>>> If I understand your comment about moving the buffered memory space to Oracle SGA, this could justify the degradation when moving to 25%, but do you know a possible reason (if this is confirmed, I'll check tomorrow) why when moving back to 50% the improvement takes so much time ?

A) I think you had two problems, because of the two fetches I think your Oracle statistics on the tables that were involved in the query were not up to date.

AA) Or (or and/or) - your newly resized upward (back to 50%) OS cache wasn't populated and balanced right (with kept data on the highest hit disk areas) until the second day, the first day, the OS cache was basically having to load in data from disks (until it could be cache).

...

Likely story is a little/lot of all of the above, in varying degrees.
We are the people our parents warned us about --Jimmy Buffett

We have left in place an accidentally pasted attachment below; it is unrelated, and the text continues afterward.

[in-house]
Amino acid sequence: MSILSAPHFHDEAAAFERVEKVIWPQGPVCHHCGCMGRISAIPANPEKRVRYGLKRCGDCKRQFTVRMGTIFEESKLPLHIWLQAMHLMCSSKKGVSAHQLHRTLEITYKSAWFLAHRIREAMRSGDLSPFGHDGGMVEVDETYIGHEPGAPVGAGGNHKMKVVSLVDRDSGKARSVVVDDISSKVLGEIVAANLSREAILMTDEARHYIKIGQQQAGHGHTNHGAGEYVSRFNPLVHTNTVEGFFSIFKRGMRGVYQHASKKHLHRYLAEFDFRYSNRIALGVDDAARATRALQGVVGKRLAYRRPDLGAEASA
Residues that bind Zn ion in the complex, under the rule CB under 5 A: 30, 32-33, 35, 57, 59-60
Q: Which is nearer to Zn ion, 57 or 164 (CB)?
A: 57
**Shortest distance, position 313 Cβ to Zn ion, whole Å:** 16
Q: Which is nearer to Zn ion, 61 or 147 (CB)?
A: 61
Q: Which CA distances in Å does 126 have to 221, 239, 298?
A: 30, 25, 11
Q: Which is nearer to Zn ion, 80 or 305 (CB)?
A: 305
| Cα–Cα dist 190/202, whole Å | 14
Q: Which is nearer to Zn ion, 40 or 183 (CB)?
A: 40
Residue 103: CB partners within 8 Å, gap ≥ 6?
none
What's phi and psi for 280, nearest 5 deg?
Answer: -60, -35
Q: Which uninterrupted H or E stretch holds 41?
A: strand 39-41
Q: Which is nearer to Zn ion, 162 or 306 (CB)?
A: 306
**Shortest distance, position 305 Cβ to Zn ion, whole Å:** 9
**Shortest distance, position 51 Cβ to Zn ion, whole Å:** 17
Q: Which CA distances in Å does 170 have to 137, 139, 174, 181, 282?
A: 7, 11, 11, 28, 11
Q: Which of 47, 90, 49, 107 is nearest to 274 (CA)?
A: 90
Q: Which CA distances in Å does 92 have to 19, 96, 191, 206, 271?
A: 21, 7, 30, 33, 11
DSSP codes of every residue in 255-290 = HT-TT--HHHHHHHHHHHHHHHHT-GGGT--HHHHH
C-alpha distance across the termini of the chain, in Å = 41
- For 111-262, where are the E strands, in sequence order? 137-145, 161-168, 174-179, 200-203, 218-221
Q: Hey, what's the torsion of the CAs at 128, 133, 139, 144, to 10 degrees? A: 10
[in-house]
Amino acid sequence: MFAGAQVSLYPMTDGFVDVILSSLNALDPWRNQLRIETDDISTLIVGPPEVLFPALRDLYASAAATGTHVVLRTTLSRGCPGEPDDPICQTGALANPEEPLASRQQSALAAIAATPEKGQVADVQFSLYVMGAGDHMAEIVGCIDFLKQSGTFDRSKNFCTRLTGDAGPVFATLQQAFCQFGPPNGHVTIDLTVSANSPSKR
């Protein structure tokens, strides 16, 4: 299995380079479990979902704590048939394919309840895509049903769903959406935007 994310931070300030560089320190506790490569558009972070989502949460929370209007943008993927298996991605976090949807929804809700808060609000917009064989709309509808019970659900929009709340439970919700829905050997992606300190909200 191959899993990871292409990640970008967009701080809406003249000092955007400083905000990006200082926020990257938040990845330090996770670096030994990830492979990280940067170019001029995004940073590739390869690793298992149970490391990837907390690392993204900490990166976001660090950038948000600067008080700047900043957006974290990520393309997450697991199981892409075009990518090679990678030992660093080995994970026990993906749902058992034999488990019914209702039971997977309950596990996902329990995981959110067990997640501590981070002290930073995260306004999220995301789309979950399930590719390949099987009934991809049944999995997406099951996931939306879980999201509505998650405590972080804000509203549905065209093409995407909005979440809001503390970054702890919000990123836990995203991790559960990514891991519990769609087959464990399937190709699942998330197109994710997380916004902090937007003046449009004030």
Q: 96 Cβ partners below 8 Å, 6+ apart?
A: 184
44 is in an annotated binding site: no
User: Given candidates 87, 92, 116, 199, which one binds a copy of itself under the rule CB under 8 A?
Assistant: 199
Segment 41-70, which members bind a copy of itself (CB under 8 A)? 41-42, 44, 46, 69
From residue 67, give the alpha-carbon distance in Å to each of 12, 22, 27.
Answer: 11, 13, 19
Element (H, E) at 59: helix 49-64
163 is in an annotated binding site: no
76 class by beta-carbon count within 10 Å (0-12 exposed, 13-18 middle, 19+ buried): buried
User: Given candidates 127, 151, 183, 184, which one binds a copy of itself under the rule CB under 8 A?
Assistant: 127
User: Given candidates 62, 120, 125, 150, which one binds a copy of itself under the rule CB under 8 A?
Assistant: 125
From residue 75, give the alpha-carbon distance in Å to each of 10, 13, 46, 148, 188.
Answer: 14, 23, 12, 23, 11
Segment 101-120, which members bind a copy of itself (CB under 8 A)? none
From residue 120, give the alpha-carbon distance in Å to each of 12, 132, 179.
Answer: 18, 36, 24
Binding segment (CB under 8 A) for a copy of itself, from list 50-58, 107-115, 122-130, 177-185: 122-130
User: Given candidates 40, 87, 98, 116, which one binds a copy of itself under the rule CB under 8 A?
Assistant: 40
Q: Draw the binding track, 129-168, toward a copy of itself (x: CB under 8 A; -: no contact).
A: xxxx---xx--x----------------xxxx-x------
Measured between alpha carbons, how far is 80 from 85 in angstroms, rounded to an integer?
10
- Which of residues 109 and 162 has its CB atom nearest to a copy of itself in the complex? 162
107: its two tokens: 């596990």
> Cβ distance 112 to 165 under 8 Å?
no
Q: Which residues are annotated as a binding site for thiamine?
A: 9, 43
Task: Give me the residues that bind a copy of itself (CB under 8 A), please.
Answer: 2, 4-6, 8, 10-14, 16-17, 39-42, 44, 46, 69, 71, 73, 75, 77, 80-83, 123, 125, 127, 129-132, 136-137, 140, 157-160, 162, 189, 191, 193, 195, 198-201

Steven E. Protter
Exalted Contributor

Re: Oracle 9i on HP-UX 11i - Discrepancy between CPU and Elapsed time

Mike summary point is:

Its not the value of dbc_max_pct its the difference beteween it and dbc_min_pct and the enormous performance cost of the system changing the size of the cache on the fly.

If you want my advice, make the SGA areas bigger and set dbc_min_pct to 5 and dbc_max_pct to 7

I think you'll see a substantial improvement.

There are many other things that may need tuning. Tuning is an art.

SEP
Steven E Protter
Owner of ISN Corporation
http://isnamerica.com
http://hpuxconsulting.com
Sponsor: http://hpux.ws
Twitter: http://twitter.com/hpuxlinux
Founder http://newdatacloud.com
Michele (Mike) Alberton
Regular Advisor

Re: Oracle 9i on HP-UX 11i - Discrepancy between CPU and Elapsed time

Thanks a lot to both of you guys.

Really precious information.

We started analyzing those queries and we worked out an optimization adding an index which boosted performances.

I appreciated your comments and explanations.

Cheers,

Mike
Michele (Mike) Alberton
Regular Advisor

Re: Oracle 9i on HP-UX 11i - Discrepancy between CPU and Elapsed time

After investigating we realized that we could boost performances adding a new index.
Doing this we were less depending on the buffer cache setup.

Thanks to Steven and John for their quick support.

Mike